Instead of recording a completely new demo CD, I've decided to use five of my favorite recordings of the past three years. This will drastically shorten the time it takes me to hit the ground running here in San Antonio. So, with out further ado, here they are:

1] Classical Gas - Mason Williams

2] Desert Song - Eric Johnson

3] Eu So Quero Um Xodo - Dominguinhos

4] Tears in the Rain - Joe Satriani

5] Stairway to Heaven - Jimmy Page

Clicking on the blue playTagger icon will play the mp3 through your browser in this window, while clicking on the title will open up a new window with Quicktime or whatever media player you have set as a default.

I'm using the most popular pieces from my set in the tried and true fast, slow, fast, slow, epic ordering, which ought to be most effective, and I'm using Contemporary Classical Guitar - a term my manager, Peg, came up with to describe what I do - for the EP CD's title, instead of Heavy Nylon, since I think it will market better this way.

For printing up the CD's - since I want it to look pro - I got a Microboards GX AutoPrinter on the way from Sweetwater. My rep, Bill, just called me today out of the blue - he's psychic that way - and I told him what I needed, and BAM, as Emeril would say. I was thinking of a CD label printer, but this will be much better. It's a special order item, natch, so it will be a couple of weeks before I get it, but as I was looking at the Wedding Planners section of the SA Yellow Book, I noticed quite a few have emails and web contacts listed, so I'll do the first round of minor places that way. Not as effective as in person, so I'm not expecting a high percentage of response, but at least I'll be doing something.


Putting together the MIDI Guitar rig around the Axon AX 100 Mk II gave me the oportunity to redo my recording rig as well. Since the previous recording gear was in a 6U SKB rack and the MIDI rig required 6U, I just ordered a new 8U SKB rack and that let me put my Digi 002 Rack in with the rest of the stuff, while the older 6U SKB now houses the MIDI rig:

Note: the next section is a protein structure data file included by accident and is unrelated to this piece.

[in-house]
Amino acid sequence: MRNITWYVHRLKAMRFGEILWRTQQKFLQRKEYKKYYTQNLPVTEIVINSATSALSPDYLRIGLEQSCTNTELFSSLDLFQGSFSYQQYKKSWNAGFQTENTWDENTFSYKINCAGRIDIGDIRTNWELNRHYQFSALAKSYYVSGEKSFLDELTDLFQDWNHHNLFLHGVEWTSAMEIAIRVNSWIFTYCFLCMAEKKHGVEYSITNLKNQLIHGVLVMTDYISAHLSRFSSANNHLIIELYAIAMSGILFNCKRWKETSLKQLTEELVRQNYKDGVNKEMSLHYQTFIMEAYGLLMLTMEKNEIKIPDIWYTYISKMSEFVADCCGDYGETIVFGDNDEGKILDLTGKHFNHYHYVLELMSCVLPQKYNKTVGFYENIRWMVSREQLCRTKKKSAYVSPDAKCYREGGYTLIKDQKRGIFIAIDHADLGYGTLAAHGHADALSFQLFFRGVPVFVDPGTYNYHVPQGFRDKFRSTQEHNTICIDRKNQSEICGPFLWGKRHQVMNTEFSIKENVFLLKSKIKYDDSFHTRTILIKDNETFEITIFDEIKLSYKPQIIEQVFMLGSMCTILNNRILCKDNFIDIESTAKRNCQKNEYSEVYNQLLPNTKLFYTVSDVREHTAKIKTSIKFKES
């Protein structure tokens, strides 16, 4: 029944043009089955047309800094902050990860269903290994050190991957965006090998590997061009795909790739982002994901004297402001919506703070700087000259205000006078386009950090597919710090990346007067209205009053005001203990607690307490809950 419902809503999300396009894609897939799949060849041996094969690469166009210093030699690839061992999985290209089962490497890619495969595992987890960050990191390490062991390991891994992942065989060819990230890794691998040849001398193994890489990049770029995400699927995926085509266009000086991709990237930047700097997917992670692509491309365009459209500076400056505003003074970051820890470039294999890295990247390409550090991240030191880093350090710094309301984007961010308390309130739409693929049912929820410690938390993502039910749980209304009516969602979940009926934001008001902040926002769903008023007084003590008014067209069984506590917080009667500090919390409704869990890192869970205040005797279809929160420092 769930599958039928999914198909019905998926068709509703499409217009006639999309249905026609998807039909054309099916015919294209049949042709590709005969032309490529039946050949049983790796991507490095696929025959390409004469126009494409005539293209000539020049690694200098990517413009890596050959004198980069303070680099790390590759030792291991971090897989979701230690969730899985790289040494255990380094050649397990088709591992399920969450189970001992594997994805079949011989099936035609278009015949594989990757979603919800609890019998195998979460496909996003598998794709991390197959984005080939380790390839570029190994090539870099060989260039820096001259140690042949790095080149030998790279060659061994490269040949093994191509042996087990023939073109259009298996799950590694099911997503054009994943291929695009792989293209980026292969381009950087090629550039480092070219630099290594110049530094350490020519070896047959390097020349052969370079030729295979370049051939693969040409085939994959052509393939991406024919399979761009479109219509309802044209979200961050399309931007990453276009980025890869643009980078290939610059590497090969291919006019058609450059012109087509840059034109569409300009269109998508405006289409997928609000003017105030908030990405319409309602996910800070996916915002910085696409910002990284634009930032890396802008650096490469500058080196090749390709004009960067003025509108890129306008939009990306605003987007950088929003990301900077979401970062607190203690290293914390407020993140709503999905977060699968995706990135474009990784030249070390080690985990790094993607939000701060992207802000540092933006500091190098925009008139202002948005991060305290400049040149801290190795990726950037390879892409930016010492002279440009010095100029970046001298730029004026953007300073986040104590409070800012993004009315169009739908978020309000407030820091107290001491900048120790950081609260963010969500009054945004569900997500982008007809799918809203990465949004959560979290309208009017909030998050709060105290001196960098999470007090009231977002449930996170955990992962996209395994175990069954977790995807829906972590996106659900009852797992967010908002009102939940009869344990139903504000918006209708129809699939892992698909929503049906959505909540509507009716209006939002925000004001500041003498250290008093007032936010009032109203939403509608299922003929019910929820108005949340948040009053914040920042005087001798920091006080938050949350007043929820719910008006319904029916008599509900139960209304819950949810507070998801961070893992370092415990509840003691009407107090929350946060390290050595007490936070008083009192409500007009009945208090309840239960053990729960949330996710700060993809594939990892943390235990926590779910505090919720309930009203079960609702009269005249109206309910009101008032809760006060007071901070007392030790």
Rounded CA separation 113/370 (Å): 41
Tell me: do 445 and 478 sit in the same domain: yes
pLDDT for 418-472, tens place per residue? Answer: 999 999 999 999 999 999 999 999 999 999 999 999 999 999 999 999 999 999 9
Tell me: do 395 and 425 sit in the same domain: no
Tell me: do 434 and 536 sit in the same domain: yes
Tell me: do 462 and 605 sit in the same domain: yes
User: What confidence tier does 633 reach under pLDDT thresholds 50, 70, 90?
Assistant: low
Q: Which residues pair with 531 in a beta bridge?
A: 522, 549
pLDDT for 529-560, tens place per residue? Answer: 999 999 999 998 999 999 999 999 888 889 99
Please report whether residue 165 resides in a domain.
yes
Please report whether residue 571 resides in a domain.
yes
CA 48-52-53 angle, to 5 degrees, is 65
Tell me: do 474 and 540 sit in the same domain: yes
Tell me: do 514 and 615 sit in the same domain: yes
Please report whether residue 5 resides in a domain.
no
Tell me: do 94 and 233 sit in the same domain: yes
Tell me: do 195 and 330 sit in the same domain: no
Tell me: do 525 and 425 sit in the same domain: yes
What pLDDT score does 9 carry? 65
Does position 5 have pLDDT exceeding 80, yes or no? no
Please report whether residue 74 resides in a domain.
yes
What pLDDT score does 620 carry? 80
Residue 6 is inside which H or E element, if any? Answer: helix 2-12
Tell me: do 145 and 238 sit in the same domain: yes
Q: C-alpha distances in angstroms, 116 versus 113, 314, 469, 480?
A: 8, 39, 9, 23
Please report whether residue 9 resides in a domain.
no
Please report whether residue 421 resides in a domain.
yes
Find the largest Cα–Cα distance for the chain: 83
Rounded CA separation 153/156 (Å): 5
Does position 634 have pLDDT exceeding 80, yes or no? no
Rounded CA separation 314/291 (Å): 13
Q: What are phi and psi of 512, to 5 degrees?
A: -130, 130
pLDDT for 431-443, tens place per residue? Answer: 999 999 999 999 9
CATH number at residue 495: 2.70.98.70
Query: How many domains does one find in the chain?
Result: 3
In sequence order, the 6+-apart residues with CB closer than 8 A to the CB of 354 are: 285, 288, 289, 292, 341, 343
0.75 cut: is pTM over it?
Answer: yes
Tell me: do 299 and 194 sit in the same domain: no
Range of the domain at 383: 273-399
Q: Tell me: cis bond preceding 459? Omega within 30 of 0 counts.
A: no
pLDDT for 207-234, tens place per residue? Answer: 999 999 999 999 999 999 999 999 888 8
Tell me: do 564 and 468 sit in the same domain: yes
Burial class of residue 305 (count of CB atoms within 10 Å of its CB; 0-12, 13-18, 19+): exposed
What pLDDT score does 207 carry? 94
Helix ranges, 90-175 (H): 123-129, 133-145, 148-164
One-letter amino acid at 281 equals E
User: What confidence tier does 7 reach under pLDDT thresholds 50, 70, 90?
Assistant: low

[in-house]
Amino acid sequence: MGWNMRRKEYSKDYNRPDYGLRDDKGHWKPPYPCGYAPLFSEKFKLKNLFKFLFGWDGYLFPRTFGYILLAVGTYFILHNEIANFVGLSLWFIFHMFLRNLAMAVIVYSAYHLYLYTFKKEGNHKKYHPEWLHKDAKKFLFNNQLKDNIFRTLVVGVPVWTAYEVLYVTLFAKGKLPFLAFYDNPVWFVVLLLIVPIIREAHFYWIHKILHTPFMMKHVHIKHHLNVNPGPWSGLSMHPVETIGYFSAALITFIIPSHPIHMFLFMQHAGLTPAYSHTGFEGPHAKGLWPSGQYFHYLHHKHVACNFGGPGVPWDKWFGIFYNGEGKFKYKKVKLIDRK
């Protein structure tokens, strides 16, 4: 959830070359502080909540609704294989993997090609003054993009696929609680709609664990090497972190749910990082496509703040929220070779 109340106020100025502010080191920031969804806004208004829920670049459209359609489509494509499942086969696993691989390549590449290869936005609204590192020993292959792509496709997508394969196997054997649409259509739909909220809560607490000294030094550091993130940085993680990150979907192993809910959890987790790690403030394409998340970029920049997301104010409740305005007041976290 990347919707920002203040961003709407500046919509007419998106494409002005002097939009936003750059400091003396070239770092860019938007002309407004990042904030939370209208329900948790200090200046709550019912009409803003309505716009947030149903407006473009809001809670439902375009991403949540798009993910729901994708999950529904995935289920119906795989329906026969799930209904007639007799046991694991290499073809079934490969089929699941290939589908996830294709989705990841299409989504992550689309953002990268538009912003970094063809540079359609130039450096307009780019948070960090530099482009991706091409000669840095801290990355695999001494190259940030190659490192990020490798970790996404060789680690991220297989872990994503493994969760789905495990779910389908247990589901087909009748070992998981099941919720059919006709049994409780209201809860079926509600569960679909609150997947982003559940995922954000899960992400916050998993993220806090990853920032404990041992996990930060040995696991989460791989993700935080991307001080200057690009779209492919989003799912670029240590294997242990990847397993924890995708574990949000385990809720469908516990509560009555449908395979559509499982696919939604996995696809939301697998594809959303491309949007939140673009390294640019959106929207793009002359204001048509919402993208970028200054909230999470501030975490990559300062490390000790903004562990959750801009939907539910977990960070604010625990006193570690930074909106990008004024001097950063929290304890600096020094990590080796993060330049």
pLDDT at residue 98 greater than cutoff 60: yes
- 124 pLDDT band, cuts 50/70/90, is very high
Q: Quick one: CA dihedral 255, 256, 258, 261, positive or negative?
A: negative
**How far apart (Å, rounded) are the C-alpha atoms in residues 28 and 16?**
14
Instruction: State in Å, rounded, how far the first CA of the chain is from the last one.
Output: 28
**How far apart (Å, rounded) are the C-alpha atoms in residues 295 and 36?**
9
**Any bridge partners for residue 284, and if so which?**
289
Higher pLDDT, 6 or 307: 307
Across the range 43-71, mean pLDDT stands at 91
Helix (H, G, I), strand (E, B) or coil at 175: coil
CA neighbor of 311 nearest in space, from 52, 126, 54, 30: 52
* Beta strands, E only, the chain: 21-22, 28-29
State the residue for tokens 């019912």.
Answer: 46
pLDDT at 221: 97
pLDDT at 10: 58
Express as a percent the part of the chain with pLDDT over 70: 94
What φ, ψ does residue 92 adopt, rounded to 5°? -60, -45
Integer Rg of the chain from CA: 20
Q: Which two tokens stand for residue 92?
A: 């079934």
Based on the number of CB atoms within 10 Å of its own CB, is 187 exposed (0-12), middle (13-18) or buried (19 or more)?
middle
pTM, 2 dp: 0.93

From top to bottom:

1] Lexicon Signature 284 All Tube Class "A" Stereo Recording Amplifier

This is the best direct recording device for guitar ever made. It has +4 db balanced recording outputs, and the class A-run pair of EL84 tubes give a warm and sparkly sound. Since I use the Lexicon MPX-G2's preamp and want a super-clean sound, I bypass the 284's preamp - which goes into distortion WAY too soon for me - by just running the output of the G2 into the effects returns of the Sig. Perfectamente!

2] Behringer BTR-2000 Racktuner

The only rack mount tuner that goes down to the A= 432 philosophical pitch I tune to, and it's also a rack light, an A/B box, and a metronome! I'm sure glad these are cheap, because I have four of them now.

3] Digidesign Digi 002 Rack

It's nice to have this finally in a rack with all my other recording gear, so - theoretically at least - I can record my live performances now. 8U is a bit large for a mobile system for me, since I'm my own roadie, but for some tiny venues, like art galleries, this wouldn't really be impossible (The 284 is only about 8 watts per channel. LOL!). More on this in a moment.

4] Lexicon MPX-G2 Guitar Effects Processor